How the Spiritual Formation of the Pastor Affects Spiritual Formation in the Congregation
“It you attempt to act and do for others or for the world without deepening your own self-understanding, freedom, integrity and capacity to love, you will not have anything to give others. You will communicate to them nothing but the contagion of your own obsessions, your aggressivity, your ambitions, your delusions and ends and means…”
I remember sitting in a staff meeting once at a church I was serving; the purpose of the meeting was to talk about how we could attract more people to join the church. At one point someone counted the requirements for church membership already in place and made the startling discovery that there were at least five time commitments per week required of those who wanted to become church members!
Outwardly I tried to be supportive of the purpose for the meeting, but on the inside I was screaming, Who would want to sign up for this? I was already trying to combat CFS (Christian fatigue syndrome) in my own life and couldn’t imagine willingly inflicting it on someone else!
As I sat with my discomfort a whole new awareness opened up: all of us leaders sitting around the table that day only knew one speed in life and that was full steam ahead—and we had been stuck in that speed for a very long time. The kind of frenetic, unworkable schedules that we were all living was exactly the kind of life-style we had been leading others into and if we didn’t pay attention, this meeting was only going to produce more of the same. If we as leaders did not deal with ourselves and establish saner rhythms for our lives—rhythms that would curb our unbridled activism and allow space for the work of God in our own lives—we would not have much of value to offer others. We would not be able to lead others into a way of life that allowed time and space for the patient, plodding, and mysterious process of spiritual transformation.
Good news and bad news
Spiritual transformation has become quite the trend in Protestant circles today. A mere ten years ago few church leaders were talking about it and there was even some suspicion about what it was and what might happen if we allowed it to become too much of priority. Although there are still pockets of mistrust, this widespread suspicion has finally given way to a deeper embrace of this important element of the Gospel.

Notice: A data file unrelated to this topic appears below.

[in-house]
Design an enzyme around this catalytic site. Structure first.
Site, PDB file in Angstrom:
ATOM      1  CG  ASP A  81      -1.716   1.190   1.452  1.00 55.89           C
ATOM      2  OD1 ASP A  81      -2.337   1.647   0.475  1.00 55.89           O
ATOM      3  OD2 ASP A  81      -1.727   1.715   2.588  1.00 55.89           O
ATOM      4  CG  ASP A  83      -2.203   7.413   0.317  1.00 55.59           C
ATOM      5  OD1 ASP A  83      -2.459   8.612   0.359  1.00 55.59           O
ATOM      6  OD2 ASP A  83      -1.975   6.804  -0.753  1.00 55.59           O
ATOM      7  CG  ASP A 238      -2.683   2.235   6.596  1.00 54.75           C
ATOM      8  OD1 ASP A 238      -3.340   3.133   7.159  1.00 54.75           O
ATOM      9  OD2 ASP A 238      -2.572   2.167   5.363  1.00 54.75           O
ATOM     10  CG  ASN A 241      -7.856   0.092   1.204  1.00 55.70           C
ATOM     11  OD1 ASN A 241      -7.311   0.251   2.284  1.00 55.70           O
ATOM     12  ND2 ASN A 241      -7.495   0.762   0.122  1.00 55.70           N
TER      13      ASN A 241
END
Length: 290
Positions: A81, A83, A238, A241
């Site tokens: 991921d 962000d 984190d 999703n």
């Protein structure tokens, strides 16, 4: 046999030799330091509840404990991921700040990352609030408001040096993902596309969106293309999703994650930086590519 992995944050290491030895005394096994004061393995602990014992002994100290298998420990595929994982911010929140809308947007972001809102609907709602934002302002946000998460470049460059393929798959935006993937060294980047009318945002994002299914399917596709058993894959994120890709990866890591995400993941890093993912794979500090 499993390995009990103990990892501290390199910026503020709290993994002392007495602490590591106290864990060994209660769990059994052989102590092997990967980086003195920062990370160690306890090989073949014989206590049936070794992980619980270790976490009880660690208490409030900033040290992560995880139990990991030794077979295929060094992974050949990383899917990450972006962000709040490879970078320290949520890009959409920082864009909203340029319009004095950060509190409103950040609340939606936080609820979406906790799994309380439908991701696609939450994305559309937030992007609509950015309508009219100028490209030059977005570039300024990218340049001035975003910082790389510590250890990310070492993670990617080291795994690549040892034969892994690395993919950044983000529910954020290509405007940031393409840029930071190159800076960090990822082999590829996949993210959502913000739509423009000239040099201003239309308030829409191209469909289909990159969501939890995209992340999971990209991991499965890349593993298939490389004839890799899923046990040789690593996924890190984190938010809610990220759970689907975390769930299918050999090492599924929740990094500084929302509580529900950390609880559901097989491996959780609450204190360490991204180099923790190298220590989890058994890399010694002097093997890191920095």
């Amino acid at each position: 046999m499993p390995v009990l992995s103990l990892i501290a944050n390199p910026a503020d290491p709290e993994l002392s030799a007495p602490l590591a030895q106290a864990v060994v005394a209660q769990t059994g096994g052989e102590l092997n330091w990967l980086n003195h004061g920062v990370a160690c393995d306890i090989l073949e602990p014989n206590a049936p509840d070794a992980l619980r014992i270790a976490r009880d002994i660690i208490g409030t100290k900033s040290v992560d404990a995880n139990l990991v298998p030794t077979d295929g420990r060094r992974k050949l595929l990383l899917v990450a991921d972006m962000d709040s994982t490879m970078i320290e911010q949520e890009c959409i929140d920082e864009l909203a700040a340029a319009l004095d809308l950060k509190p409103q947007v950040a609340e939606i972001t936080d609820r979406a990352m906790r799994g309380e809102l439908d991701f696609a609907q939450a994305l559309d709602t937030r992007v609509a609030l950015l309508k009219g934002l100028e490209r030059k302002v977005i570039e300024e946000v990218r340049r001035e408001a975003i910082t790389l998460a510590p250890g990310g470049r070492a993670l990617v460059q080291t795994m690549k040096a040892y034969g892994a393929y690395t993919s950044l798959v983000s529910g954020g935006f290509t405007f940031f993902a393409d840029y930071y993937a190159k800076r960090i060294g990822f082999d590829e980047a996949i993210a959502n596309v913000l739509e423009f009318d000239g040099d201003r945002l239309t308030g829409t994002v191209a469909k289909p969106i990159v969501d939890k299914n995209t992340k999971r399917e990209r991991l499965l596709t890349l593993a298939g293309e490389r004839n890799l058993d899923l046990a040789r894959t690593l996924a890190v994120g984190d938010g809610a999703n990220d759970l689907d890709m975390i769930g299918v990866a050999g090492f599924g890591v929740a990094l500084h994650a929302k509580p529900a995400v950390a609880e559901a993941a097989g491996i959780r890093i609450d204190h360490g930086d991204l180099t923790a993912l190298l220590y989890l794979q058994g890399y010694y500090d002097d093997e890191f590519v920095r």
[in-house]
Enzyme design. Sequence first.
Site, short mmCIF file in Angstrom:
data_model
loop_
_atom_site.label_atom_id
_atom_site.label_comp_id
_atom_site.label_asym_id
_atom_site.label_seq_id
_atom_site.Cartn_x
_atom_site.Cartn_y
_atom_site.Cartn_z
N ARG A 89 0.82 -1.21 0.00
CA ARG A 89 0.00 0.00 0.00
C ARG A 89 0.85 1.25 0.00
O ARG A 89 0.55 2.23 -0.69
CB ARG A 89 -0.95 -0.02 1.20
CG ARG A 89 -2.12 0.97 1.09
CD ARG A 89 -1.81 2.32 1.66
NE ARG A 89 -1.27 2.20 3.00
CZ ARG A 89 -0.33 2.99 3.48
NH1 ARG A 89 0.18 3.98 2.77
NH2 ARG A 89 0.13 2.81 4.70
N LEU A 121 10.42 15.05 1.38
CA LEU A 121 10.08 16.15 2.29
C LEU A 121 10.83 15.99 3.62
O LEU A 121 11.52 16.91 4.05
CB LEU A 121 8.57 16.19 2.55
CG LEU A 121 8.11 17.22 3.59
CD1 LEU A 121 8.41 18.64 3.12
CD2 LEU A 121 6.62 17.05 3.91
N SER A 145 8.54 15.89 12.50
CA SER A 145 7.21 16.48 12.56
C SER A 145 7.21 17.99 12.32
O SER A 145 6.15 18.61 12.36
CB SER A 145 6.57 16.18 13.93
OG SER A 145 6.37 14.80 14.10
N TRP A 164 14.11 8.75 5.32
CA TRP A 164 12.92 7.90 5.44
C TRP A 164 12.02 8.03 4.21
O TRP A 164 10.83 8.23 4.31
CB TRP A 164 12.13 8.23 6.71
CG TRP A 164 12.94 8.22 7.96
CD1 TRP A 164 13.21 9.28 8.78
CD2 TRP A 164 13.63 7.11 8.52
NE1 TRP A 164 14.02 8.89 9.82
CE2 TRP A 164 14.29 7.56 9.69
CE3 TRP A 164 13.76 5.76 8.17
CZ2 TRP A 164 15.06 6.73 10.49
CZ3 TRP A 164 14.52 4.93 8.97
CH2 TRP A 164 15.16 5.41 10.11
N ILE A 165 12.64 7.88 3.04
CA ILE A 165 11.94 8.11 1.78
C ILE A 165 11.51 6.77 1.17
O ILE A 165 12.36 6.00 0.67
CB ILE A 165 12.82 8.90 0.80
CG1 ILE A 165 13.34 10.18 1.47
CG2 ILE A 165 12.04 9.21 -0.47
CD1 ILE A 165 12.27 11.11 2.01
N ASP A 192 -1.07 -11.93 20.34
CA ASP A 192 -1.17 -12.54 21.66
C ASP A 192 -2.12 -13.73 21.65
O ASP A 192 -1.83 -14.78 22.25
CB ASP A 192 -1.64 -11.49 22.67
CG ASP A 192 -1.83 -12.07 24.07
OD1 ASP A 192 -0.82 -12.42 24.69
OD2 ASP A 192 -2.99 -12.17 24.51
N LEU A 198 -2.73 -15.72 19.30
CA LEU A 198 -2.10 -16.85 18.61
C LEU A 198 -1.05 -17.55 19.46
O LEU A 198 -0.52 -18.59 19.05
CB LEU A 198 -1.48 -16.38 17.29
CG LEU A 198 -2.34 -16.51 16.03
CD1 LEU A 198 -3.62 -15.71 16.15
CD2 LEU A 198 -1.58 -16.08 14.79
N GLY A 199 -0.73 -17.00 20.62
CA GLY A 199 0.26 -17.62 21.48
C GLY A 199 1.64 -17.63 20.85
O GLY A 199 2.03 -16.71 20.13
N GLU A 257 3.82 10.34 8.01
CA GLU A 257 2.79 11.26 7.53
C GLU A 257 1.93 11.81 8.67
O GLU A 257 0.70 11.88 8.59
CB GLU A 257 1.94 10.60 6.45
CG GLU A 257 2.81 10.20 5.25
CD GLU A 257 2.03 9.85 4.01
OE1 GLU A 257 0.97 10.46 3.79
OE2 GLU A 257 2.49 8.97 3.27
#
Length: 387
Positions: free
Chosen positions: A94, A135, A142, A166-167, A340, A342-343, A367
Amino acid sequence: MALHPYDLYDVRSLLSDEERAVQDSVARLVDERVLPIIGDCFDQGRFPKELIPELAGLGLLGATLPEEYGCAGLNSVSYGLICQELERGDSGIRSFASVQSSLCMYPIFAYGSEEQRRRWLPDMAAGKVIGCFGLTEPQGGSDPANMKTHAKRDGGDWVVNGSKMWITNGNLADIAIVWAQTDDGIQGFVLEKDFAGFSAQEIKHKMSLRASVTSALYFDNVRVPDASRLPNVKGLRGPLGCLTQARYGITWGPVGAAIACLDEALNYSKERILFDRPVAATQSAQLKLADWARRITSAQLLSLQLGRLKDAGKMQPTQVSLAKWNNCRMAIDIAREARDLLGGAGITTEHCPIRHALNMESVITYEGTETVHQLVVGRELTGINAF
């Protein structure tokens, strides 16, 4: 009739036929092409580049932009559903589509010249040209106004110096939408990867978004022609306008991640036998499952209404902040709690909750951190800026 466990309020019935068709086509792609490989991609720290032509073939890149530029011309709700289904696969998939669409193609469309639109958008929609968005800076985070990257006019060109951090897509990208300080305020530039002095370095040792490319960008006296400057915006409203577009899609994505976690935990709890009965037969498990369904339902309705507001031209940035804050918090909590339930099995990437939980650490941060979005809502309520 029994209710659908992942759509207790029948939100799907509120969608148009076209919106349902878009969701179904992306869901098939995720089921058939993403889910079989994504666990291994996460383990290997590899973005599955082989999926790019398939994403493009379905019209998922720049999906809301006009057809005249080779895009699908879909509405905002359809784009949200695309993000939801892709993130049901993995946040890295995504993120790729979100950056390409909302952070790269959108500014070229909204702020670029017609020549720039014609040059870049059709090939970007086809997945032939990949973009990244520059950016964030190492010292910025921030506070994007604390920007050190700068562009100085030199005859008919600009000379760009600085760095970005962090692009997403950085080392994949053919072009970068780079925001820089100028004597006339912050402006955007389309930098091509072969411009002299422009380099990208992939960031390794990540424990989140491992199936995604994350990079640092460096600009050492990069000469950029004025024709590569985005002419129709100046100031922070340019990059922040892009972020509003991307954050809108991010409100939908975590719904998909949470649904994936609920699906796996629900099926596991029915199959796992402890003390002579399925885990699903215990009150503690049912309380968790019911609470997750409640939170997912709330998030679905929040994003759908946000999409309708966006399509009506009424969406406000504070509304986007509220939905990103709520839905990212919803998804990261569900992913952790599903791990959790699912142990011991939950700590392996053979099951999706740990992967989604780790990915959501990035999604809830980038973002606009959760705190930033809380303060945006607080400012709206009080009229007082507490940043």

The good news is that this renewed interest in spiritual formation speaks to a collective desire for more in the spiritual life—more than just head knowledge, more than rules that merely govern external behaviors, more than religious activity loaded onto lives that already feel unmanageable. The language of spiritual formation helps us name desires that are so deep and have so often been disappointed that many of us had given up trying to articulate them. The promise of spiritual transformation is an intimacy with God that results in the satisfaction of the soul’s deepest longings.
The bad news (or at least the news that makes us a bit uncomfortable) is that many pastors are trying to respond to these longings by attempting to lead their congregations into realities that they are not experiencing for themselves. They may lack clarity about what spiritual transformation is and how central it is to the message of the Gospel. They may not have a clear idea about how the process of transformation unfolds in the lives of real people or how a church might order their shared life around this priority. They might think that because they have heard an inspiring speaker or read a few books, they are ready to lead others on the journey of opening to deeper levels of transformation.
A Slippery Slope